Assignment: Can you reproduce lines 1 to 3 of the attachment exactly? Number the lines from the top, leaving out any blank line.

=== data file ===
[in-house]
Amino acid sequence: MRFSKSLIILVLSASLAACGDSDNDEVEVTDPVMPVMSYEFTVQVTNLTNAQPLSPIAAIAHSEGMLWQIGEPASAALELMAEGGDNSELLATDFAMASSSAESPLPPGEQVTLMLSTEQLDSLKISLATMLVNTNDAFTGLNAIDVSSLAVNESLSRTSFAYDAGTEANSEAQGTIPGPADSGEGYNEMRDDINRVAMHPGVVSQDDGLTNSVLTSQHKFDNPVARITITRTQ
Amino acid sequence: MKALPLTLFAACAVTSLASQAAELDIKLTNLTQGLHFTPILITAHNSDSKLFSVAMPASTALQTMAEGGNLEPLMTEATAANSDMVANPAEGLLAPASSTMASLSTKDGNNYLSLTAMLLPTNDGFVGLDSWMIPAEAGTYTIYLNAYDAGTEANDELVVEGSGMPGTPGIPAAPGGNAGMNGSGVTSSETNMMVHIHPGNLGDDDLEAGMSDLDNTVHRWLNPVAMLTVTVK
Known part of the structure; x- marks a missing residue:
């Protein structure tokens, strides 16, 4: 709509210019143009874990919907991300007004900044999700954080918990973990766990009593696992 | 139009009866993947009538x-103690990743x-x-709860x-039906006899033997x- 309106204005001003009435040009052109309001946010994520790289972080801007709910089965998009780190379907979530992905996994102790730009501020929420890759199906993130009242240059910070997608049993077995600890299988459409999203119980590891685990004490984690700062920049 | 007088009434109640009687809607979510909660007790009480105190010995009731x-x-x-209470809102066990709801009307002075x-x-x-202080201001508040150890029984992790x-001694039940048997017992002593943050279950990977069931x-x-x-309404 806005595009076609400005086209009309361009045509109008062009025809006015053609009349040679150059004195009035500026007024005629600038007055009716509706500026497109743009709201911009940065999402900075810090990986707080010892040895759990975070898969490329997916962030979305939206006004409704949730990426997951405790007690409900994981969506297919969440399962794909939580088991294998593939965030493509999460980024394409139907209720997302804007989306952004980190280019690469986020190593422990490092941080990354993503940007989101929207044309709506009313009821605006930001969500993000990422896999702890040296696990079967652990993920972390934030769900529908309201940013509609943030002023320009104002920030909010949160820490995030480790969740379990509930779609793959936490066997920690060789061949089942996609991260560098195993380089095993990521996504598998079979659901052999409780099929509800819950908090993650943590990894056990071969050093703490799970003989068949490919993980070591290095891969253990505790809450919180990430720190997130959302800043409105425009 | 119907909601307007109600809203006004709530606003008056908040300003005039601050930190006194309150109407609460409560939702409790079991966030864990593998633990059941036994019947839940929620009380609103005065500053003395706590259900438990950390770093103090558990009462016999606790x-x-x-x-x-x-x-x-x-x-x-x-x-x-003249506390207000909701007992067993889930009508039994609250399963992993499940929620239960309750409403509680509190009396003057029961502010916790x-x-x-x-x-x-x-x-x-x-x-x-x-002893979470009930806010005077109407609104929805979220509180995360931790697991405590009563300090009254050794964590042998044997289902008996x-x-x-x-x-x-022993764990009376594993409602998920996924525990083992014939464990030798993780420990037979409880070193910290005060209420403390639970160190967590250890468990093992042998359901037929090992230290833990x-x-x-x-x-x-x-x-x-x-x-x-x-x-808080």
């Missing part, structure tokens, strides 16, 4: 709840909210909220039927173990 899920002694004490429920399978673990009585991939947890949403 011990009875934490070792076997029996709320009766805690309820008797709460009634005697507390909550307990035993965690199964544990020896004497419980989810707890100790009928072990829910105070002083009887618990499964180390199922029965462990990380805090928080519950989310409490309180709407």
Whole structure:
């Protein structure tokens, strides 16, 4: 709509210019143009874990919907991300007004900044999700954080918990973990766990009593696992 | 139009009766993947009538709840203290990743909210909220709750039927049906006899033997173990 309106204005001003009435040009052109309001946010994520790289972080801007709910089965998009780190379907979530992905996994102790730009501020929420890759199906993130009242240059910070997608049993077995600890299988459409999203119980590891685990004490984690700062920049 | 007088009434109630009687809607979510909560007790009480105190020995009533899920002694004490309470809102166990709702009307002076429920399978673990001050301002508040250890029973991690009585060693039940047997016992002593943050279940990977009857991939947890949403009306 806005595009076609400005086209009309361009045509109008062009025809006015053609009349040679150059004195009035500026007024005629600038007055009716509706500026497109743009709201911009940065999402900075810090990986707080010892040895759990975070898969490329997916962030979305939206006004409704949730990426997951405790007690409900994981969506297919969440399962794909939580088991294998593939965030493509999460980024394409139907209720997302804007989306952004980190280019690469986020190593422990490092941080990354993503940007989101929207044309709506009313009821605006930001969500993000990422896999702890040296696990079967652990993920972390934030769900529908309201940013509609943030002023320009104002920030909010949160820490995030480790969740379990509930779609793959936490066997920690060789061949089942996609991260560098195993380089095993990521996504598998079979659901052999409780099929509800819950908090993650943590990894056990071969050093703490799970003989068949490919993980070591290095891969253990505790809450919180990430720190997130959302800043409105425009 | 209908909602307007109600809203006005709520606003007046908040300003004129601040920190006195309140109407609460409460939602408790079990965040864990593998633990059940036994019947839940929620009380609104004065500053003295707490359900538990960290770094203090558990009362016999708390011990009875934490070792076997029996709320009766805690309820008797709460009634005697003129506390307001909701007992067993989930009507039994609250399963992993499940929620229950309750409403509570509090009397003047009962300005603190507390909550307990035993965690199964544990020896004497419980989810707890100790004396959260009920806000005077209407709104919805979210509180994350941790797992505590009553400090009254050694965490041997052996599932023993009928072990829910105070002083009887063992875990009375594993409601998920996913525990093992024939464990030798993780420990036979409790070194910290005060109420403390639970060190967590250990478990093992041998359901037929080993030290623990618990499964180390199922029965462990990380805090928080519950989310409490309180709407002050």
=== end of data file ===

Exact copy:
[in-house]
Amino acid sequence: MRFSKSLIILVLSASLAACGDSDNDEVEVTDPVMPVMSYEFTVQVTNLTNAQPLSPIAAIAHSEGMLWQIGEPASAALELMAEGGDNSELLATDFAMASSSAESPLPPGEQVTLMLSTEQLDSLKISLATMLVNTNDAFTGLNAIDVSSLAVNESLSRTSFAYDAGTEANSEAQGTIPGPADSGEGYNEMRDDINRVAMHPGVVSQDDGLTNSVLTSQHKFDNPVARITITRTQ
Amino acid sequence: MKALPLTLFAACAVTSLASQAAELDIKLTNLTQGLHFTPILITAHNSDSKLFSVAMPASTALQTMAEGGNLEPLMTEATAANSDMVANPAEGLLAPASSTMASLSTKDGNNYLSLTAMLLPTNDGFVGLDSWMIPAEAGTYTIYLNAYDAGTEANDELVVEGSGMPGTPGIPAAPGGNAGMNGSGVTSSETNMMVHIHPGNLGDDDLEAGMSDLDNTVHRWLNPVAMLTVTVK